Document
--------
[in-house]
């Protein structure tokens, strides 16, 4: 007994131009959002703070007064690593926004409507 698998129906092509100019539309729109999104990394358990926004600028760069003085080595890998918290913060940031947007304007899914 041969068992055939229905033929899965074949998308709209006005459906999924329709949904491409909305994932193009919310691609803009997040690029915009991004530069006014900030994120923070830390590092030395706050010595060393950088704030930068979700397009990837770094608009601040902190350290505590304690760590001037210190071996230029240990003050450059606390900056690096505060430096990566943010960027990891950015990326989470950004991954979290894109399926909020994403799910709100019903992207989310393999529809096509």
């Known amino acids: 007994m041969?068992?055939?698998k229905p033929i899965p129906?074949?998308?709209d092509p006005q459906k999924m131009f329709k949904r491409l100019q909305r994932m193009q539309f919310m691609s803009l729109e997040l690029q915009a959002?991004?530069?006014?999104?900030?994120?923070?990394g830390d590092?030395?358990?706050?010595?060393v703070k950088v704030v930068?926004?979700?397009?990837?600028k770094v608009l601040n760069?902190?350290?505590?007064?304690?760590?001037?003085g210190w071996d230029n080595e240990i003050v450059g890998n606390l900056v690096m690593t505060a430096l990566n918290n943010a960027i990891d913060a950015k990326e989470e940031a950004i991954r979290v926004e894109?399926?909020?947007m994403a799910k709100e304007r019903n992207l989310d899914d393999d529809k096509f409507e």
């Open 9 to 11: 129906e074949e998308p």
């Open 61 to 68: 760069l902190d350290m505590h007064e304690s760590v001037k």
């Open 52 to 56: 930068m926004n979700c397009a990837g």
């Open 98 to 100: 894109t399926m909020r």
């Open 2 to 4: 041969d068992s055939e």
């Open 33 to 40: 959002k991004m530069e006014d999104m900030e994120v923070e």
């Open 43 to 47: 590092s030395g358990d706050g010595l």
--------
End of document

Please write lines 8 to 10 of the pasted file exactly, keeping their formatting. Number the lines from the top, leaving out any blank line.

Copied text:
């Open 2 to 4: 041969d068992s055939e």
């Open 33 to 40: 959002k991004m530069e006014d999104m900030e994120v923070e």
């Open 43 to 47: 590092s030395g358990d706050g010595l």